The EAT has stressed the importance of expressly stating the fact that dismissal is contemplated in step 1 letters pursuant to the statutory dismissal and disciplinary procedures.

Step 1 of the statutory dismissal and disciplinary procedures provides that an employer must set out in writing the employee's alleged conduct or characteristics or other circumstances which have led the employer to contemplate dismissing or taking disciplinary action against the employee. In practice, this is usually done by way of a letter that goes on to invite attendance at a disciplinary hearing.

The procedures themselves do not say that the step 1 letter must actually state the fact that dismissal is being contemplated but, in a previous leading authority, the Employment Appeal Tribunal in Alexander & Hatherley v Bridgen Enterprises Ltd suggested that such a statement was in fact required. In Alexander, the EAT said that ".... at step 1 the employee simply needs to be told that he is at risk of dismissal and why."

In a previous briefing we reported on the 2007 case of Homeserve Emergency Services v Dixon. In Homeserve, the EAT agreed with the above statement in Alexander but went on to find that, where the step 1 letter was not explicit in stating that dismissal was being contemplated, the fact that dismissal was being contemplated could be implicit from the content of the step 1 letter and surrounding circumstances. In such circumstances, the EAT held in Homeserve, there is no breach of step 1 and thus no automatic unfair dismissal. When we reported on the Homeserve case, we advised clients to treat the decision with a measure of caution; it would need to be very clear on the facts of a particular case that the possibility of dismissal was implicit and, rather than take unnecessary risks, it was far preferable to ensure that the step 1 letter was explicit as to the contemplation of dismissal.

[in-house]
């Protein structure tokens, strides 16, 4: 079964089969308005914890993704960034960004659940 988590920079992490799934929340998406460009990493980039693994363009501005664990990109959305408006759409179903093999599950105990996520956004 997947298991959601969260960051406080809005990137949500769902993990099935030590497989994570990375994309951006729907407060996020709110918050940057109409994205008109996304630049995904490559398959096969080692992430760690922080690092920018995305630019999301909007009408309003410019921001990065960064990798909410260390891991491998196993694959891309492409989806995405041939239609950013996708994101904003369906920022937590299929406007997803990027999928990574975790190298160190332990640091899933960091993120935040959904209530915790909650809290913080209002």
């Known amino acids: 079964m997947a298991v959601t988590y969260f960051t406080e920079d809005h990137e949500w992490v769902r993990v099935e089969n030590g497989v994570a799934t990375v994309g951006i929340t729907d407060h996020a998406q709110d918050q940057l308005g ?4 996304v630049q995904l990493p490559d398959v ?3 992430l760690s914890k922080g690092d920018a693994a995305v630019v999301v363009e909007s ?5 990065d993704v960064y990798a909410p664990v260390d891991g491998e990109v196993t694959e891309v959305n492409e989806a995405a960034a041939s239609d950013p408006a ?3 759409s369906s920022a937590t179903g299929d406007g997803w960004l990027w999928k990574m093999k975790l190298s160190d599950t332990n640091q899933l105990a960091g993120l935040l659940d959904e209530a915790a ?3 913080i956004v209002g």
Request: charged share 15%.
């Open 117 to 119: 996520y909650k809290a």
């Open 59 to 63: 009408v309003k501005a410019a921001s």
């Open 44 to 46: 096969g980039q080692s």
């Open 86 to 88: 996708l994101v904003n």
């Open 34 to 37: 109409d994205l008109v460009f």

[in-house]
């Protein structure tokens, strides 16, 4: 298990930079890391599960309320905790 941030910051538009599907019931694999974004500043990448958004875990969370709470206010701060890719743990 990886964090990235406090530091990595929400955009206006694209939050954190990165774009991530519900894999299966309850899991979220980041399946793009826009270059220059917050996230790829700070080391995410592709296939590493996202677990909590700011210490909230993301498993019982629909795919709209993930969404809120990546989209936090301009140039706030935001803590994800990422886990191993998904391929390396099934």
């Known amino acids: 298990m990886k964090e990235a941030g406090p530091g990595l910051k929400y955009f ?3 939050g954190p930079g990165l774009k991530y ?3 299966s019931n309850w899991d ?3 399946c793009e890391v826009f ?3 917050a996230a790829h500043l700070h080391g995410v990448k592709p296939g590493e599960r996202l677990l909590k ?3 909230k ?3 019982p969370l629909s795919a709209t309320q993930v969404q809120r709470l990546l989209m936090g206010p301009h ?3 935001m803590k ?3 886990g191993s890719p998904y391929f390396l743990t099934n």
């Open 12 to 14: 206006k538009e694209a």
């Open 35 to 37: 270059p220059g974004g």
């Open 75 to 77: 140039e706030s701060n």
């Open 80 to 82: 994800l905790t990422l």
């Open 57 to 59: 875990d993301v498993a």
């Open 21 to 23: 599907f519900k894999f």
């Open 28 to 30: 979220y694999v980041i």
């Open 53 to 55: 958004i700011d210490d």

The point has come before the EAT again in Zimmer Ltd v Brezan. Like Homeserve, the facts of Zimmer involved the dismissal of an employee following a step 1 letter (an email) that failed to expressly state that dismissal was contemplated by the employer. The EAT reviewed the Alexander and Homeserve decisions and, whilst accepting that "on the facts of a particular case it is open to a tribunal to consider that the step 1 letter, and information provided with it, can be regarded, in the individual circumstances of the case before them, as sufficient to communicate the risk to the employee of dismissal, albeit the letter itself does not expressly say that" the EAT concluded on the facts of the case in Zimmer that contemplation of dismissal was not implicit from what was sent to the employee and therefore that the dismissal was automatically unfair.

The Zimmer case demonstrates the risk of being less than explicit in step 1 communications. As we advised clients when reporting on the Homeserve decision, rather than risk a finding of unfair dismissal or at least the cost and inconvenience of litigation on the point, clients are best advised to make step 1 letters explicitly clear that dismissal is contemplated.